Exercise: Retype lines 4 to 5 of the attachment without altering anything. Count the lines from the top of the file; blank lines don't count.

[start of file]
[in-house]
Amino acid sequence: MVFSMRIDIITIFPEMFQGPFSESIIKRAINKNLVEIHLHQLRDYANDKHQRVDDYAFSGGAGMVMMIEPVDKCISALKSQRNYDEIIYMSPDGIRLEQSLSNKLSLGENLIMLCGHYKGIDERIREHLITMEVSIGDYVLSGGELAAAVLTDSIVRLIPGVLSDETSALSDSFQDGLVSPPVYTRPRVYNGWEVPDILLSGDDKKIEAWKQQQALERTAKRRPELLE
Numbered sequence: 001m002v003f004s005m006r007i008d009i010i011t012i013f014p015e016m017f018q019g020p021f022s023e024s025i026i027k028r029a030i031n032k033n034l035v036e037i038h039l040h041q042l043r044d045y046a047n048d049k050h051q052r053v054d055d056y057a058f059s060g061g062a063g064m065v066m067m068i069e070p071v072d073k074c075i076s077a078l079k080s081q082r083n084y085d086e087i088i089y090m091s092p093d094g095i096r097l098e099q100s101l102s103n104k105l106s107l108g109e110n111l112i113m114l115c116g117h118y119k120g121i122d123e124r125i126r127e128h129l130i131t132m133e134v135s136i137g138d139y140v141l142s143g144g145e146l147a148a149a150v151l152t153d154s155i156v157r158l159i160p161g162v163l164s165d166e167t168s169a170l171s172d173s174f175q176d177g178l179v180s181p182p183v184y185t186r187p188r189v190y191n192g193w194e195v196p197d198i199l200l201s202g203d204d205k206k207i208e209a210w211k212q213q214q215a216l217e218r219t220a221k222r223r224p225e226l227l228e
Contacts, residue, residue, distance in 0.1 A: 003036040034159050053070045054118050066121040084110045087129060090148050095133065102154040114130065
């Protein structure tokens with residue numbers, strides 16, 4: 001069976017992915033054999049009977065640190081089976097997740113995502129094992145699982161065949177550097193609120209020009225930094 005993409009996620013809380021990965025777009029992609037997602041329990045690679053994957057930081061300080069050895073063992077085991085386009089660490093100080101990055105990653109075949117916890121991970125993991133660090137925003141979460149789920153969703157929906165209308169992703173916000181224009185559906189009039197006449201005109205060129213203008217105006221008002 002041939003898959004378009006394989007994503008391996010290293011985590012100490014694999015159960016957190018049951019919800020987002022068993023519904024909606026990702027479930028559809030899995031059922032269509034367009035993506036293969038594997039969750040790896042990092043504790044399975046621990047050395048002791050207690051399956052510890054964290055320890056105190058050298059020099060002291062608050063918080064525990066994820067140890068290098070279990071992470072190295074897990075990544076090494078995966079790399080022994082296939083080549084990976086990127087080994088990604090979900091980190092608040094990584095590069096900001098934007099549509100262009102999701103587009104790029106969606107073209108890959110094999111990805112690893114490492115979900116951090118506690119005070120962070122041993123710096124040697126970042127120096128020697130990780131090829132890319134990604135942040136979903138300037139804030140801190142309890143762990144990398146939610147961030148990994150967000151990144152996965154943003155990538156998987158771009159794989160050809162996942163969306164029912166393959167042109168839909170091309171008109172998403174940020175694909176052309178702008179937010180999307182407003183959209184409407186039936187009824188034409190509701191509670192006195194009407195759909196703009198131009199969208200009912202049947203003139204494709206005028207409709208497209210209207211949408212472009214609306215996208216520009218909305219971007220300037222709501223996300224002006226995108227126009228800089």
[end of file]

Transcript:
Contacts, residue, residue, distance in 0.1 A: 003036040034159050053070045054118050066121040084110045087129060090148050095133065102154040114130065
């Protein structure tokens with residue numbers, strides 16, 4: 001069976017992915033054999049009977065640190081089976097997740113995502129094992145699982161065949177550097193609120209020009225930094 005993409009996620013809380021990965025777009029992609037997602041329990045690679053994957057930081061300080069050895073063992077085991085386009089660490093100080101990055105990653109075949117916890121991970125993991133660090137925003141979460149789920153969703157929906165209308169992703173916000181224009185559906189009039197006449201005109205060129213203008217105006221008002 002041939003898959004378009006394989007994503008391996010290293011985590012100490014694999015159960016957190018049951019919800020987002022068993023519904024909606026990702027479930028559809030899995031059922032269509034367009035993506036293969038594997039969750040790896042990092043504790044399975046621990047050395048002791050207690051399956052510890054964290055320890056105190058050298059020099060002291062608050063918080064525990066994820067140890068290098070279990071992470072190295074897990075990544076090494078995966079790399080022994082296939083080549084990976086990127087080994088990604090979900091980190092608040094990584095590069096900001098934007099549509100262009102999701103587009104790029106969606107073209108890959110094999111990805112690893114490492115979900116951090118506690119005070120962070122041993123710096124040697126970042127120096128020697130990780131090829132890319134990604135942040136979903138300037139804030140801190142309890143762990144990398146939610147961030148990994150967000151990144152996965154943003155990538156998987158771009159794989160050809162996942163969306164029912166393959167042109168839909170091309171008109172998403174940020175694909176052309178702008179937010180999307182407003183959209184409407186039936187009824188034409190509701191509670192006195194009407195759909196703009198131009199969208200009912202049947203003139204494709206005028207409709208497209210209207211949408212472009214609306215996208216520009218909305219971007220300037222709501223996300224002006226995108227126009228800089």